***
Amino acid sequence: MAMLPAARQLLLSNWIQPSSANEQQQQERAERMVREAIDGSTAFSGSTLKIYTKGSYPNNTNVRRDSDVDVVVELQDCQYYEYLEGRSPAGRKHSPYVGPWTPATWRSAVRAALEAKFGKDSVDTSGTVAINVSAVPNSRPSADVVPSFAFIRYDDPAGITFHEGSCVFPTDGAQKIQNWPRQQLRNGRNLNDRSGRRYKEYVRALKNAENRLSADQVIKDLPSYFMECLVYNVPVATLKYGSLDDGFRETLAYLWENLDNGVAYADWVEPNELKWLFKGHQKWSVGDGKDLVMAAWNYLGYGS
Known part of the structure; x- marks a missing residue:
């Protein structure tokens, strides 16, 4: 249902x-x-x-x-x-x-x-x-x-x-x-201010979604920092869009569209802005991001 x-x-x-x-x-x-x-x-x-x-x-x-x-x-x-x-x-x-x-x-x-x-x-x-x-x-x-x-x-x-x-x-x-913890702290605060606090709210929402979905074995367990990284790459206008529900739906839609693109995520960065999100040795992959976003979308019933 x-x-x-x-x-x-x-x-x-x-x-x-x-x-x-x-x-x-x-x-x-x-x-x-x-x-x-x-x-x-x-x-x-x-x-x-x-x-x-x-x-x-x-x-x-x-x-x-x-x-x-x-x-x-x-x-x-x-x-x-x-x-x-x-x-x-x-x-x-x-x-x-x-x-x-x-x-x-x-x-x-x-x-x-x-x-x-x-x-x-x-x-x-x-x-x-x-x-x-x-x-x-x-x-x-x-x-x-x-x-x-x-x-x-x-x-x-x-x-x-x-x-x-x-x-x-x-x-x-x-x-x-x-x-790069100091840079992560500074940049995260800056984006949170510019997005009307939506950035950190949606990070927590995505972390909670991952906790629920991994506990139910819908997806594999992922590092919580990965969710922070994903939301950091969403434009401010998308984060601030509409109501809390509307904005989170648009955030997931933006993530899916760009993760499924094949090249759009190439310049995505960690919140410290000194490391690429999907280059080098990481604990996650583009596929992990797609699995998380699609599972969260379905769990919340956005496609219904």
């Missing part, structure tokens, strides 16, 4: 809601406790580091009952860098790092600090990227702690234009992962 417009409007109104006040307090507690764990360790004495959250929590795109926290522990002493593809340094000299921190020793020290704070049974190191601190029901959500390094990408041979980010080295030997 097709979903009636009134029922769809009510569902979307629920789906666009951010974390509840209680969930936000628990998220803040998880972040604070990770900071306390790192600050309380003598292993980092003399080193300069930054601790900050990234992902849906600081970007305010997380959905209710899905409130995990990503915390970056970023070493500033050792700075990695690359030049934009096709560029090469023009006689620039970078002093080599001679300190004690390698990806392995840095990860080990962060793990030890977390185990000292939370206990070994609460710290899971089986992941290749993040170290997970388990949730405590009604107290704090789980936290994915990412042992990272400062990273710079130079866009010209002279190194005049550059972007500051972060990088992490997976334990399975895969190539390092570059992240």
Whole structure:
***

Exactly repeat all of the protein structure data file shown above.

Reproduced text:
Amino acid sequence: MAMLPAARQLLLSNWIQPSSANEQQQQERAERMVREAIDGSTAFSGSTLKIYTKGSYPNNTNVRRDSDVDVVVELQDCQYYEYLEGRSPAGRKHSPYVGPWTPATWRSAVRAALEAKFGKDSVDTSGTVAINVSAVPNSRPSADVVPSFAFIRYDDPAGITFHEGSCVFPTDGAQKIQNWPRQQLRNGRNLNDRSGRRYKEYVRALKNAENRLSADQVIKDLPSYFMECLVYNVPVATLKYGSLDDGFRETLAYLWENLDNGVAYADWVEPNELKWLFKGHQKWSVGDGKDLVMAAWNYLGYGS
Known part of the structure; x- marks a missing residue:
């Protein structure tokens, strides 16, 4: 249902x-x-x-x-x-x-x-x-x-x-x-201010979604920092869009569209802005991001 x-x-x-x-x-x-x-x-x-x-x-x-x-x-x-x-x-x-x-x-x-x-x-x-x-x-x-x-x-x-x-x-x-913890702290605060606090709210929402979905074995367990990284790459206008529900739906839609693109995520960065999100040795992959976003979308019933 x-x-x-x-x-x-x-x-x-x-x-x-x-x-x-x-x-x-x-x-x-x-x-x-x-x-x-x-x-x-x-x-x-x-x-x-x-x-x-x-x-x-x-x-x-x-x-x-x-x-x-x-x-x-x-x-x-x-x-x-x-x-x-x-x-x-x-x-x-x-x-x-x-x-x-x-x-x-x-x-x-x-x-x-x-x-x-x-x-x-x-x-x-x-x-x-x-x-x-x-x-x-x-x-x-x-x-x-x-x-x-x-x-x-x-x-x-x-x-x-x-x-x-x-x-x-x-x-x-x-x-x-x-x-790069100091840079992560500074940049995260800056984006949170510019997005009307939506950035950190949606990070927590995505972390909670991952906790629920991994506990139910819908997806594999992922590092919580990965969710922070994903939301950091969403434009401010998308984060601030509409109501809390509307904005989170648009955030997931933006993530899916760009993760499924094949090249759009190439310049995505960690919140410290000194490391690429999907280059080098990481604990996650583009596929992990797609699995998380699609599972969260379905769990919340956005496609219904």
């Missing part, structure tokens, strides 16, 4: 809601406790580091009952860098790092600090990227702690234009992962 417009409007109104006040307090507690764990360790004495959250929590795109926290522990002493593809340094000299921190020793020290704070049974190191601190029901959500390094990408041979980010080295030997 097709979903009636009134029922769809009510569902979307629920789906666009951010974390509840209680969930936000628990998220803040998880972040604070990770900071306390790192600050309380003598292993980092003399080193300069930054601790900050990234992902849906600081970007305010997380959905209710899905409130995990990503915390970056970023070493500033050792700075990695690359030049934009096709560029090469023009006689620039970078002093080599001679300190004690390698990806392995840095990860080990962060793990030890977390185990000292939370206990070994609460710290899971089986992941290749993040170290997970388990949730405590009604107290704090789980936290994915990412042992990272400062990273710079130079866009010209002279190194005049550059972007500051972060990088992490997976334990399975895969190539390092570059992240």
Whole structure: